Associates, In-House Counsels & Advocates

Deepak Singh, Associate Partner, Lexorbis Intellectual Property Attorneys, on Patent Law, and his experience

Deepak Singh graduated in law from University of Delhi, batch of 2015. Prior to that, he held a degree in Engineering from Maharshi Dayanand University. After a successful stint at LakshmiKumaran and Sridharan, and short span at Khurana and Khurana, and at IIPRD Consulting, he’s currently Associate Partner at Lexorbis. Deepak specialises in Patents, with an expertise in Software, Networking, and Telecommunications. He is actively involved in identifying inventions, drafting patent applications, performing Infringement analysis, drafting responses to office actions for Indian and foreign applications in the field of software, mechanical, medical robotics, bio-medical, robotic processes, medical devices, electrical, electronics, and automobiles.


In this interview, we speak to him about:

  • His major shift from engineering to the IPR sector.
  • His role at Lexorbis.
  • His gainful experience in IPR.
  • The importance of mentors in the legal fraternity.


How has your  degree in Engineering been useful in your work as a lawyer?

During my school days, I wanted to become an Engineer like my father and never planned of becoming an Advocate. I got my engineering degree in computer science in 2006. Being a mediocre student, I decided to take up any engineering job and started my career in software domain.

While working in the software domain, I got a call for a Patent Analyst profile from an HR of Anindus Consultants (Formerly known as Bluefile IP Services). Anindus Consultants was a subsidiary of Lakshmikumaran & Shridharan Attorneys. Following that, I was hired in 2007 as one of the first employees in the prosecution team of the IPR division. I  started my IPR career with drafting responses to US and EP office actions. I also got an opportunity to work for a US Attorney on analysing a patent portfolio for identifying potential patent infringers, preparing infringement charts, preparing invalidity contention charts, preparing response to invalidity contention charts, performing market analysis, and computing financial damages due to patent infringement by an infringing party.

After four successful years with Anindus Consultants, I was shifted to the main firm Lakshmikumaran & Shridharan Attorneys. While working with the law firm, I felt a need of becoming an Advocate and therefore I joined the regular evening batch of the Law Faculty, University of Delhi. After three hard years, I completed my Law Graduation, which I had never planned for in my early days of career. There is no direct connection between engineering and legal graduation; but a job profile in Intellectual Property Rights, requires both technical as well as legal knowledge. Following my Law Graduation, I have also cleared a Patent Agent Exam and now I am an Engineer, an Advocate, and a Patent Agent. Thus, I am now a complete Intellectual Property Professional. As one can see, nothing was planned, everything kept on rolling from one strength to another.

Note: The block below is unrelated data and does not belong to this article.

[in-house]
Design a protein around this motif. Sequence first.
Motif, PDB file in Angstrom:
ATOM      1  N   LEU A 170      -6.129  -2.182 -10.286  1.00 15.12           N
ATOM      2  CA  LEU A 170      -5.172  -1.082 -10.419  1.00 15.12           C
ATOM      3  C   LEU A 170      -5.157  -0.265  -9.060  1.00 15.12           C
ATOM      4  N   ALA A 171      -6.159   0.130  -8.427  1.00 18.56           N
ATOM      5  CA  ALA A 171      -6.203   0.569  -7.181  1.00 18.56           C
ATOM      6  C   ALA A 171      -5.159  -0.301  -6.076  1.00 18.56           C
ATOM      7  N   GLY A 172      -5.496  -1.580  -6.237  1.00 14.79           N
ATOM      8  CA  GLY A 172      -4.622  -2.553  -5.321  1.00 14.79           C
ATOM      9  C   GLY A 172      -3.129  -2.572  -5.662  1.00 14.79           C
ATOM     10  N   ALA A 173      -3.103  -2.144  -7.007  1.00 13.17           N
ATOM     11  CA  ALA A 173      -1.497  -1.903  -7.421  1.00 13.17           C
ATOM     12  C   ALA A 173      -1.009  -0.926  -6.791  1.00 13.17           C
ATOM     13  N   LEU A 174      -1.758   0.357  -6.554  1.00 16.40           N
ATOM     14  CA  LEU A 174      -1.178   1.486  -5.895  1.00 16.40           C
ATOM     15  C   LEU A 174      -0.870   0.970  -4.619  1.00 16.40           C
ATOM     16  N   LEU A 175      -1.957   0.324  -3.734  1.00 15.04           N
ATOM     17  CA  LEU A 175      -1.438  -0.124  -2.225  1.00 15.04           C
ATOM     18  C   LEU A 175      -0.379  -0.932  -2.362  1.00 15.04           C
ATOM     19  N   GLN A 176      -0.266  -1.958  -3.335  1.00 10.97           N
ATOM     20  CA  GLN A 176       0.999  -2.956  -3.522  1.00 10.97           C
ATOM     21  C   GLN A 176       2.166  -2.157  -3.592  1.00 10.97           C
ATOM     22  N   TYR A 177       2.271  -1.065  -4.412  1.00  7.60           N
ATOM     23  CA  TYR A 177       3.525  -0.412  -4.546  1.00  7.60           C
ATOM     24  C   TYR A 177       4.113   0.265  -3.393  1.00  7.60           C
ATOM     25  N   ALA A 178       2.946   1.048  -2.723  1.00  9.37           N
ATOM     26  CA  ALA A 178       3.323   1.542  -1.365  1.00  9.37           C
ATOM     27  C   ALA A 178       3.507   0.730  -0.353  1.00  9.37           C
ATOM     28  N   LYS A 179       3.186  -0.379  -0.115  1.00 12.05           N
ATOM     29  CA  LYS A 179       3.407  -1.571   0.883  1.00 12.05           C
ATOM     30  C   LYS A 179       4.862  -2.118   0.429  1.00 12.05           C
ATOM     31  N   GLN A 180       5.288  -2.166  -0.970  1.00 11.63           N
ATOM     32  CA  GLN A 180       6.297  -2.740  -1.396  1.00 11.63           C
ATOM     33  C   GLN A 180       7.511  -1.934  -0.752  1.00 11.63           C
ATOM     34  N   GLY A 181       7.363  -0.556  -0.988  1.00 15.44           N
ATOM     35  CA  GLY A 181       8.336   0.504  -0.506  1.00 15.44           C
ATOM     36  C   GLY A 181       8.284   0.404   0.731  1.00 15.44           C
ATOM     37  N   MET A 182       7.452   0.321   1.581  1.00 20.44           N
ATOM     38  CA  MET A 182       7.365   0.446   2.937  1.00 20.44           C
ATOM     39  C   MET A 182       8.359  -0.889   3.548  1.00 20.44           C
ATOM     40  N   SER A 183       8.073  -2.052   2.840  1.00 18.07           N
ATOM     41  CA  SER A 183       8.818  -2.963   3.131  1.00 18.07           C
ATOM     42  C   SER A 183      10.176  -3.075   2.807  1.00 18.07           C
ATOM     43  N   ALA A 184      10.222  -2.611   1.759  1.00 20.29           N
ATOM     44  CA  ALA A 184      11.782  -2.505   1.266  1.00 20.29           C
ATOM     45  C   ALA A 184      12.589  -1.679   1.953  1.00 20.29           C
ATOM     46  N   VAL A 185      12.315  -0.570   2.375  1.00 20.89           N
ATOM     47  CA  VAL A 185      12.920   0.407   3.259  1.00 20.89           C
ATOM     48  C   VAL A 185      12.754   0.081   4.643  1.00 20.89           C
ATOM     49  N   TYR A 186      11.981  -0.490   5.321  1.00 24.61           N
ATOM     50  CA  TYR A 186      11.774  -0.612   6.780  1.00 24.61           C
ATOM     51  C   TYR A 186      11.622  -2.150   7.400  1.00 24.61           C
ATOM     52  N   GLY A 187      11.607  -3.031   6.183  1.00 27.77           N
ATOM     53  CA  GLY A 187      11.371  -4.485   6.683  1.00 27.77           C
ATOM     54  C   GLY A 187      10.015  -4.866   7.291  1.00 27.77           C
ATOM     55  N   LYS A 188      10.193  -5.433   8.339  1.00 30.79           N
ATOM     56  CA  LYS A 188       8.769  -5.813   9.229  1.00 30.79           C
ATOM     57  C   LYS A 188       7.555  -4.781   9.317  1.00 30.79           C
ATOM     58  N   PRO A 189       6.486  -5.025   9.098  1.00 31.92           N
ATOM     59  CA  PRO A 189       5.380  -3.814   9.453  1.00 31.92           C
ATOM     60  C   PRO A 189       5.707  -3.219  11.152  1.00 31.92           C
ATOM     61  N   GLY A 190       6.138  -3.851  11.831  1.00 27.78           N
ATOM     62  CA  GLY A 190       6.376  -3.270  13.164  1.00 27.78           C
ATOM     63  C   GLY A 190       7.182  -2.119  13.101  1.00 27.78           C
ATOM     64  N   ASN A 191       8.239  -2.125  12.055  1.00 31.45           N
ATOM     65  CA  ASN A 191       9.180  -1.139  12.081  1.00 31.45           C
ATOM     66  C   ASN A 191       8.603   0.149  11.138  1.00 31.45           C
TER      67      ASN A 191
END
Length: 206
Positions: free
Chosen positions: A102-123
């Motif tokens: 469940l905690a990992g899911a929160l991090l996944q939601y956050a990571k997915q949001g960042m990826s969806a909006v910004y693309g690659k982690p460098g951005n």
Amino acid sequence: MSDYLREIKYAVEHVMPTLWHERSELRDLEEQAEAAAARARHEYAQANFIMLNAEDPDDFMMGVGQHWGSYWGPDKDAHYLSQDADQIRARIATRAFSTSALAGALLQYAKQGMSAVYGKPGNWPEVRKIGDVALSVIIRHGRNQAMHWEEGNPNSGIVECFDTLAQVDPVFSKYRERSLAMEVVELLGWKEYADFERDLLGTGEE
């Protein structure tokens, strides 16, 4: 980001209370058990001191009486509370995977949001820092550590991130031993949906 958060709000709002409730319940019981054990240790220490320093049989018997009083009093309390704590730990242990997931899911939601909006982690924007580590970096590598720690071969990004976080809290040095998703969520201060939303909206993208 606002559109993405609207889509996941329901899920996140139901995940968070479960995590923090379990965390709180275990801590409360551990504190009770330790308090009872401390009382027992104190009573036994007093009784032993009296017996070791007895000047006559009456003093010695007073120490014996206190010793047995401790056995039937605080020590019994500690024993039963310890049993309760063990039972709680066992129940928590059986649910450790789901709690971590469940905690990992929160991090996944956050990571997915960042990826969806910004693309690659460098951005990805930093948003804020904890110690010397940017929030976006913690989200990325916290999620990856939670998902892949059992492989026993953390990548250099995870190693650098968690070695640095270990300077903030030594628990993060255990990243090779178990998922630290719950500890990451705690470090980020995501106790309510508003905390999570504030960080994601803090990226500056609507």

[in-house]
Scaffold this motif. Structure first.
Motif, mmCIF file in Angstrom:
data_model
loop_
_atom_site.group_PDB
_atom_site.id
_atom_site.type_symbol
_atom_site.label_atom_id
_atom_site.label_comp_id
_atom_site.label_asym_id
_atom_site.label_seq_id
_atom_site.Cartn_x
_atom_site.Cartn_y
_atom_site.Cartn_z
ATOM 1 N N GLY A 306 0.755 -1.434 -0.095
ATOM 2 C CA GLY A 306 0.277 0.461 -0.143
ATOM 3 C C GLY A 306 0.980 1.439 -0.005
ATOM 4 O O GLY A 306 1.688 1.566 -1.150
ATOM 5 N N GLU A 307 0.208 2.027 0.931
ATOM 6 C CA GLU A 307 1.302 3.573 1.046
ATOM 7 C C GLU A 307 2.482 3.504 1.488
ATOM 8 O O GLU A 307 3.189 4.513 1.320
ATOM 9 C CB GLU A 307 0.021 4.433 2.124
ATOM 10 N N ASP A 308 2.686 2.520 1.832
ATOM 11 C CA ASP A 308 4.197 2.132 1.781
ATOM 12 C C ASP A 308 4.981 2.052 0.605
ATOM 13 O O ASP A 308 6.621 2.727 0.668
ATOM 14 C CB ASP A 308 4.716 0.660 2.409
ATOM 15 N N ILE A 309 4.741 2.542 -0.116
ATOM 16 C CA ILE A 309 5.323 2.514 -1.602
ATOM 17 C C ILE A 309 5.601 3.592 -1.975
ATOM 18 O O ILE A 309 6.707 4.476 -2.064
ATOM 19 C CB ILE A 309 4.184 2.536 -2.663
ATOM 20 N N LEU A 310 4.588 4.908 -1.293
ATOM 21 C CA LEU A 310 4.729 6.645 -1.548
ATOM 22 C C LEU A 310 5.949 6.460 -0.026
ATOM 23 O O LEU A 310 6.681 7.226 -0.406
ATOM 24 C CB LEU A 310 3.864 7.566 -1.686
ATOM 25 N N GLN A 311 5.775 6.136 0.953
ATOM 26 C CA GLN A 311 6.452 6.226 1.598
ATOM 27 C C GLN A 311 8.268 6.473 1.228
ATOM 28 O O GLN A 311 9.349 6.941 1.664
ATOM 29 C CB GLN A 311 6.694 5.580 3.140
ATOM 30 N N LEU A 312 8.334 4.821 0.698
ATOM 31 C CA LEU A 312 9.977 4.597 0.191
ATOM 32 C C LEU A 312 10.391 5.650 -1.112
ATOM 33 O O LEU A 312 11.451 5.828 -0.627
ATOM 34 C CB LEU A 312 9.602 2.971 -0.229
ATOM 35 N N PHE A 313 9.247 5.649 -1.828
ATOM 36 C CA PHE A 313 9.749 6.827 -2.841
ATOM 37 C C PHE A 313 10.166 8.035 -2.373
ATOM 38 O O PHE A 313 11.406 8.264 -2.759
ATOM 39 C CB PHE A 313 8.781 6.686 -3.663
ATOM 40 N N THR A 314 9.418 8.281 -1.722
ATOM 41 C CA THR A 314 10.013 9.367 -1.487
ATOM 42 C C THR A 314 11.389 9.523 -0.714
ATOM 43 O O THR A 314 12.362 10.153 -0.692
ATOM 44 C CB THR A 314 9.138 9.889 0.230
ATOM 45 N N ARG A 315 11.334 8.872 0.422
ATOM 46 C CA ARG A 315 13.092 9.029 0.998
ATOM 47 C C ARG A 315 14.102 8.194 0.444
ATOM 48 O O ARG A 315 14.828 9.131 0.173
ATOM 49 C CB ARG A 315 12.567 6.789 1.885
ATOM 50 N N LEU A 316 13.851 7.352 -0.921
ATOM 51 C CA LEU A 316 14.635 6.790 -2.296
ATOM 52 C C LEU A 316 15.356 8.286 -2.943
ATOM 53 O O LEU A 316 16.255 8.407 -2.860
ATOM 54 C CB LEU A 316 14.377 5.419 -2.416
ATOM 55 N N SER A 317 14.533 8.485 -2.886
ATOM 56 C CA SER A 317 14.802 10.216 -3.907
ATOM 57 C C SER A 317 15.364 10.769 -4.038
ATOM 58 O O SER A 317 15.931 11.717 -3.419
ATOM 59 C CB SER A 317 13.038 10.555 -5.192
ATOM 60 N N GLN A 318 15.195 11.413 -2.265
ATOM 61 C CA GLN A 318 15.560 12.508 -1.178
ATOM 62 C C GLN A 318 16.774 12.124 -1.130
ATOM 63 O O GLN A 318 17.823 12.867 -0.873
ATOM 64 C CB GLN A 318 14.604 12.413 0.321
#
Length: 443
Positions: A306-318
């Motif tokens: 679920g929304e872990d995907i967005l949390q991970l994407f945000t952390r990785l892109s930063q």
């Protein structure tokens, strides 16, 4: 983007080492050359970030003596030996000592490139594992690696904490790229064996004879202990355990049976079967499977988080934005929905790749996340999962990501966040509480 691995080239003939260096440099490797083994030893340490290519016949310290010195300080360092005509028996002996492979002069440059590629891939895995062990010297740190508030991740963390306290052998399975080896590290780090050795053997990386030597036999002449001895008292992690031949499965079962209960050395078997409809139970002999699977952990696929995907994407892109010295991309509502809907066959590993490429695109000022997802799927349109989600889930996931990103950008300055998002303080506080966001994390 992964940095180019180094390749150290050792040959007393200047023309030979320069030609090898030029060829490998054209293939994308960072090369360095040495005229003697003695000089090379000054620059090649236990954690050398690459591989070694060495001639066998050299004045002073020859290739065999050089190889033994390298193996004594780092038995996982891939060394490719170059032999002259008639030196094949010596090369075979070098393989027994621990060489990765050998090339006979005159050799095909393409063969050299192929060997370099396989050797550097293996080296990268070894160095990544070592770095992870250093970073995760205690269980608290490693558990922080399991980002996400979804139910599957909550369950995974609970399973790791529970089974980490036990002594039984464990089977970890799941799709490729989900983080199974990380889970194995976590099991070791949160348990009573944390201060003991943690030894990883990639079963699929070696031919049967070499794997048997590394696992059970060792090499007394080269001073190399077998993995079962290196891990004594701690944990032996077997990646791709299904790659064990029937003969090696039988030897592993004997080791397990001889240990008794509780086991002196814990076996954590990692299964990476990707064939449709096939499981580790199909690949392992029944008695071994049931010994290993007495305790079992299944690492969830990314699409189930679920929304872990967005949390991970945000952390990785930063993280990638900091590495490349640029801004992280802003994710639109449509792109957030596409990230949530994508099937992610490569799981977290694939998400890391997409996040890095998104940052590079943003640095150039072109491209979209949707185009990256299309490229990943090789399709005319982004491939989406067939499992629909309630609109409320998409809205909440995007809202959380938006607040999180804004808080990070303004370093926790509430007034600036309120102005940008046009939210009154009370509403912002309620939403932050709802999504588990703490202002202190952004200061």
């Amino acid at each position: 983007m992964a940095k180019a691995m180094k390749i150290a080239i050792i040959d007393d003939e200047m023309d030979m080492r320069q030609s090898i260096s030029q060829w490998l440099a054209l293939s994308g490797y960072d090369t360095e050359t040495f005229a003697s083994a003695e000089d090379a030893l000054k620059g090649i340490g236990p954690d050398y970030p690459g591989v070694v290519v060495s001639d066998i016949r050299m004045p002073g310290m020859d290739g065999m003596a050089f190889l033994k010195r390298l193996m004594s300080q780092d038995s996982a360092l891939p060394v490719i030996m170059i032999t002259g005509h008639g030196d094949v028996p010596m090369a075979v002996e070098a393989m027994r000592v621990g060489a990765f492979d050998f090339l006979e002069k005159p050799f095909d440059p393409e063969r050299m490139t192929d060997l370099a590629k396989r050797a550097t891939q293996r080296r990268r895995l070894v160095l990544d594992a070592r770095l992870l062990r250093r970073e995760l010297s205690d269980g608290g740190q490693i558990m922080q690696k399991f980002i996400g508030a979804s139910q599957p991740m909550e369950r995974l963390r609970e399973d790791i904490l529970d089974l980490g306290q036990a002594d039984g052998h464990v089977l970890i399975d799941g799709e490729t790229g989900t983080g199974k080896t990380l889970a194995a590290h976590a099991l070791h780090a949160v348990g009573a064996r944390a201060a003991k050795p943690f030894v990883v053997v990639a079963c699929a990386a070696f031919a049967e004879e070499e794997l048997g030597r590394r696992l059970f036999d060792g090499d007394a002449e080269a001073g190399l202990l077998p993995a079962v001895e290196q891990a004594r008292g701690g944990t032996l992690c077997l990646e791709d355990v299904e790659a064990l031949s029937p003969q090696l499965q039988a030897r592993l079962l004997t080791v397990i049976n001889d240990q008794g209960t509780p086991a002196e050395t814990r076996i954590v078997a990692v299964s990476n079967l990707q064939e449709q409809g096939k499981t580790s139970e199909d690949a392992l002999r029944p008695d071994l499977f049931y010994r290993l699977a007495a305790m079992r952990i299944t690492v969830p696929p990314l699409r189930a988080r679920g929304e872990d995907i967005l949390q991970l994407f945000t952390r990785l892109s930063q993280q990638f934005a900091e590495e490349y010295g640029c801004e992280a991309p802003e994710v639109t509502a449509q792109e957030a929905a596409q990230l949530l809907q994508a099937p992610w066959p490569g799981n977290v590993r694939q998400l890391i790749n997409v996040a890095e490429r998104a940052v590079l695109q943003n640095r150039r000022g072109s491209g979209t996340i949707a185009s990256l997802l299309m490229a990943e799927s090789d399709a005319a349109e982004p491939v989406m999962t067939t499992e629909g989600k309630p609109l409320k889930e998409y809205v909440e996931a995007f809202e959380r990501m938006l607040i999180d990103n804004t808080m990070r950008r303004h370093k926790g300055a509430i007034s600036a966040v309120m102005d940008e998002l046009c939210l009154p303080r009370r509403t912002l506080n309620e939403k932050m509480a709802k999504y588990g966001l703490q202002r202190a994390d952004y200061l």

How has the transition been moving from the STEM discipline to legal studies?

Like I have mentioned earlier, nothing was planned, everything kept on rolling. But yes, I started my career in the STEM discipline and then moved to legal the fraternity. In the initial days, I would think on a regular basis that whether I had taken a right step or not. But, as you can see that it proved out to be the best for me. I will not shy away from saying that STEM and legal world are totally different, but when you accept something from your heart, there is little to worry about. And as rightly said by someone “Nothing even becomes real till it is experienced”.

What were the different activities that you took up at law school?

I had attended the evening classes at Law Faculty, University of Delhi. I would join the class after the entire day at office for 10 long hours. But still, I managed to participate in a few sports events and annual day programs, apart from attending the moot court as a spectator. I really wanted to take a part in moot court, but my official responsibilities never allowed me to take another extra step beyond attending the classes.


Did you always aspire to work in IP law?

Well, I never even aspired to become a lawyer. But I joined the Law Fraternity either by chance or by luck. Year 2007 was a period of world job recession and even the right candidates were not getting right job. I am very thankful to God that I met right people at right places in that year. Whatever I am today is because of the friends and professionals I met in the year 2007. Becoming an IP Professional was never on my wish list but you never know what God had already decided for you.


In a few years you got promoted from Associate to Principal Associate at L&S, which is one of the most reputed law firms in India. Please tell us a bit about it.

The qualities and competencies vary from one professional to another. There is no formula to success. Some takes easier path, and other take longer ones. But, what matters in the end is whether you are successful or not.